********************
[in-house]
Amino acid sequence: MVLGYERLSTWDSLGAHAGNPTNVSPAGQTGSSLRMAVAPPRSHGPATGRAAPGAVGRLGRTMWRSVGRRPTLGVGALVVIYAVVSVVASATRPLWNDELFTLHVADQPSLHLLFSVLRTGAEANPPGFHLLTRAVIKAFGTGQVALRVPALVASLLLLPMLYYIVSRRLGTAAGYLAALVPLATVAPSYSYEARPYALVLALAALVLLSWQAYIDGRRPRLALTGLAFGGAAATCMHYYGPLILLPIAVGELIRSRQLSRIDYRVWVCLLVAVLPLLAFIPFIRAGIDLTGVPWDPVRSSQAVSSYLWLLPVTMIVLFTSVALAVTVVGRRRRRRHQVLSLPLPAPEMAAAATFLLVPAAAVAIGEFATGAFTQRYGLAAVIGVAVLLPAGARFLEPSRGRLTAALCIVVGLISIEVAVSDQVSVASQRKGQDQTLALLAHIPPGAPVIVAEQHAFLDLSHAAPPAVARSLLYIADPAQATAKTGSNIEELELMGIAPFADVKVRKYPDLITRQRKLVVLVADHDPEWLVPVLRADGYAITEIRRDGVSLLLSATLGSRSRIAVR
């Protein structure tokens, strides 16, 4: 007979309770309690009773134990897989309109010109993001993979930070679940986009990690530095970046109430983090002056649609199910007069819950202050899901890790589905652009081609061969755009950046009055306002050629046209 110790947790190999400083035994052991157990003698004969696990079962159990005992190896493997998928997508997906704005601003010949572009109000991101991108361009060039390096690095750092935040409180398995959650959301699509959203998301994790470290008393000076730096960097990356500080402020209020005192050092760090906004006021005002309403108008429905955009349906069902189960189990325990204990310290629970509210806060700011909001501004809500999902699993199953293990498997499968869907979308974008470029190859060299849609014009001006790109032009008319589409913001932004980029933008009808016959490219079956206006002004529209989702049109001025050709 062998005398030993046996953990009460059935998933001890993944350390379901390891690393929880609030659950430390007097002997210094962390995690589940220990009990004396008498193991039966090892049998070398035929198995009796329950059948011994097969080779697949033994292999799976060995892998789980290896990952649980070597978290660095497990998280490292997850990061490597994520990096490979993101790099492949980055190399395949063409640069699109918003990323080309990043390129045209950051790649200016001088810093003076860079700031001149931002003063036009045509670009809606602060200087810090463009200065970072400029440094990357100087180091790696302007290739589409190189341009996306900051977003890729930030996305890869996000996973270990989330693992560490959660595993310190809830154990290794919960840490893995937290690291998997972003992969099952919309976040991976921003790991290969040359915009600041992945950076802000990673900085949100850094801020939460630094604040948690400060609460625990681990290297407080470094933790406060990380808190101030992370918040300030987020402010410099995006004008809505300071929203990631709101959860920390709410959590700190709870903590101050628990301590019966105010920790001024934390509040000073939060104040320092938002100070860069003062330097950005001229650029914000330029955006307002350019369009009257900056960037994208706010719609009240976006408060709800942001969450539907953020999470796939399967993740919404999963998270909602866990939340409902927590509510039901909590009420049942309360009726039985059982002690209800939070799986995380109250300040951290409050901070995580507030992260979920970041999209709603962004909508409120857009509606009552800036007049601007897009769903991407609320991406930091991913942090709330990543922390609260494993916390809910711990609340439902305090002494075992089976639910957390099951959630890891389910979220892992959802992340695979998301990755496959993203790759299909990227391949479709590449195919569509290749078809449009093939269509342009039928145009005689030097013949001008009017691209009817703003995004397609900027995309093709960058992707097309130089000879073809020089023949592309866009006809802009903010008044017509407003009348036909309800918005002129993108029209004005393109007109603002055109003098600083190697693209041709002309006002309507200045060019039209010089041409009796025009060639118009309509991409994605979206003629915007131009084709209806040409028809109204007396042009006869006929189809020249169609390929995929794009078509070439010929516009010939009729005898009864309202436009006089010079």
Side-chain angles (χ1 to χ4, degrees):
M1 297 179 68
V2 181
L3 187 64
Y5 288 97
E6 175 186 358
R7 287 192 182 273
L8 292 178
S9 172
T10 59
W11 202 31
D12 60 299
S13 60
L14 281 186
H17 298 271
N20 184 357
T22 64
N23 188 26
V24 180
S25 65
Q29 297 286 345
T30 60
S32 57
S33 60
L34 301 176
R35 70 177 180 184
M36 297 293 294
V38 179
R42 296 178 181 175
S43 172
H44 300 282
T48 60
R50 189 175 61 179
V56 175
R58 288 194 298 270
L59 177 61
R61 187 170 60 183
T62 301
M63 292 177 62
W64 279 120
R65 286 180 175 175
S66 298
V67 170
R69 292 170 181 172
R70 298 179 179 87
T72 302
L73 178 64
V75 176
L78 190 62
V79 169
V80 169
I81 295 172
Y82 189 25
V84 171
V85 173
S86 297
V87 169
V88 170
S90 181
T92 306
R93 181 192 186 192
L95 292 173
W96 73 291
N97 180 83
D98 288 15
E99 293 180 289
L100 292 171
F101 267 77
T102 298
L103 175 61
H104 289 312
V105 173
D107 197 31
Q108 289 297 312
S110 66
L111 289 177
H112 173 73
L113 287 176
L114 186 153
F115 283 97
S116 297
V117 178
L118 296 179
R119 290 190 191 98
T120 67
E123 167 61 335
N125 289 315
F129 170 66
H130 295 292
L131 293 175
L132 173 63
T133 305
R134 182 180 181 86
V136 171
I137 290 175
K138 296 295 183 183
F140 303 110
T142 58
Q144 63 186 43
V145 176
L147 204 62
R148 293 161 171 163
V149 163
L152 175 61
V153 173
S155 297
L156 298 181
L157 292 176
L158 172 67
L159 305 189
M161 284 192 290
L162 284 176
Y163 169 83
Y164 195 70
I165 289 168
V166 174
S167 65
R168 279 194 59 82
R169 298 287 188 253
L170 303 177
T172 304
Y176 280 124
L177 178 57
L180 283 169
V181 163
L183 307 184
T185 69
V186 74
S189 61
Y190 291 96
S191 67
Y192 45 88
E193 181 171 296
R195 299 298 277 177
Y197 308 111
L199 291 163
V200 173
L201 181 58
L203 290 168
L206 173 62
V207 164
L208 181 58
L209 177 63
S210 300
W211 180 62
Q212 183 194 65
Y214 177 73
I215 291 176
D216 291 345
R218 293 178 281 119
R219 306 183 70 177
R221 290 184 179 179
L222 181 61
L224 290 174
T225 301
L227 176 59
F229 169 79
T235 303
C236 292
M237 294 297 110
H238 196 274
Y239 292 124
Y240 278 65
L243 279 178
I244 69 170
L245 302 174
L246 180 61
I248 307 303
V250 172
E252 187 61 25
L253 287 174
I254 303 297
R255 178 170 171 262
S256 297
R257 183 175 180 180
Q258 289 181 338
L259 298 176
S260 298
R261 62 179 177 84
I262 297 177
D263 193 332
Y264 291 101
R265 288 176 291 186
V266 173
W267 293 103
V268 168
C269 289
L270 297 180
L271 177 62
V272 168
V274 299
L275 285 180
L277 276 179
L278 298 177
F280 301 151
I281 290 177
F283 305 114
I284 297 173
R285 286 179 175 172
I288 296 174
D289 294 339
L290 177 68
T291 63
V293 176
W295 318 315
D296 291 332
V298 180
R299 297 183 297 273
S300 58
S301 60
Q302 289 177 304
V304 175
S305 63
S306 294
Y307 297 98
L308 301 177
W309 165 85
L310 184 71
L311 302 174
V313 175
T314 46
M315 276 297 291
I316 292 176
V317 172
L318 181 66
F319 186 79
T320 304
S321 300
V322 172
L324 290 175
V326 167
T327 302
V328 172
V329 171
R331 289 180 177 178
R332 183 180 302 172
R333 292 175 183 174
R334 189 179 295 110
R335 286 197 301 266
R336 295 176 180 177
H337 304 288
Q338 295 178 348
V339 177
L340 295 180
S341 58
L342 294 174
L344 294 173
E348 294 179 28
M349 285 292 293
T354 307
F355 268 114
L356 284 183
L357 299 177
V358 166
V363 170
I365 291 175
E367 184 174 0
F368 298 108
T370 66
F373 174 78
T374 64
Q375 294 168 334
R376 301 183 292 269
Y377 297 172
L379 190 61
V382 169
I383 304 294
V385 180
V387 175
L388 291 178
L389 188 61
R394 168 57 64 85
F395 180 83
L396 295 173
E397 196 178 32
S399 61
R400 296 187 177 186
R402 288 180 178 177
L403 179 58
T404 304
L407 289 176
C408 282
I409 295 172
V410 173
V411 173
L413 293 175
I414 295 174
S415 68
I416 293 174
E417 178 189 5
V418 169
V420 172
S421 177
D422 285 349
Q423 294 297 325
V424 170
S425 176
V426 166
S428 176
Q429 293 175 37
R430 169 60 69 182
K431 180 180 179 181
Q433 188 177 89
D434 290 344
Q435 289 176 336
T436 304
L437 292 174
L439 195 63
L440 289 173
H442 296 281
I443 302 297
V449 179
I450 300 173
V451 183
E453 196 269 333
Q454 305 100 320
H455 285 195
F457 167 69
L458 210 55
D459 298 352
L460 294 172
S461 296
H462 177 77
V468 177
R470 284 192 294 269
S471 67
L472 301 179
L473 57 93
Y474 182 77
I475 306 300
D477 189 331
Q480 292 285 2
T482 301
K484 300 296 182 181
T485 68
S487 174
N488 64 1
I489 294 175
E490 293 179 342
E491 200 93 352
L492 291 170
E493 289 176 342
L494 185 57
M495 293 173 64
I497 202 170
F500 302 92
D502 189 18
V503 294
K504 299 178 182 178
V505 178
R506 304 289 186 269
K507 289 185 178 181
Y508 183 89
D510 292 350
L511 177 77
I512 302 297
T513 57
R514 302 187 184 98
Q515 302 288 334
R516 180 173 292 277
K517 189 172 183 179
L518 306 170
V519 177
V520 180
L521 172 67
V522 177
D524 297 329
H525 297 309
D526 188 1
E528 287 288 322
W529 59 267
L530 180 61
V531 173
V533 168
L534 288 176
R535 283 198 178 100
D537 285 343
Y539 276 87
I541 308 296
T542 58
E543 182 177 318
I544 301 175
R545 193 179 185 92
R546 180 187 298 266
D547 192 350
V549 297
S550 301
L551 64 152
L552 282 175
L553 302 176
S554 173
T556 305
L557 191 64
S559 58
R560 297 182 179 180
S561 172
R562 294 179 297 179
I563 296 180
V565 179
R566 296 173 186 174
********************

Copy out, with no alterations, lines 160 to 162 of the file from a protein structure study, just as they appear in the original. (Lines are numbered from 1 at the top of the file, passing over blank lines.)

F229 169 79
T235 303
C236 292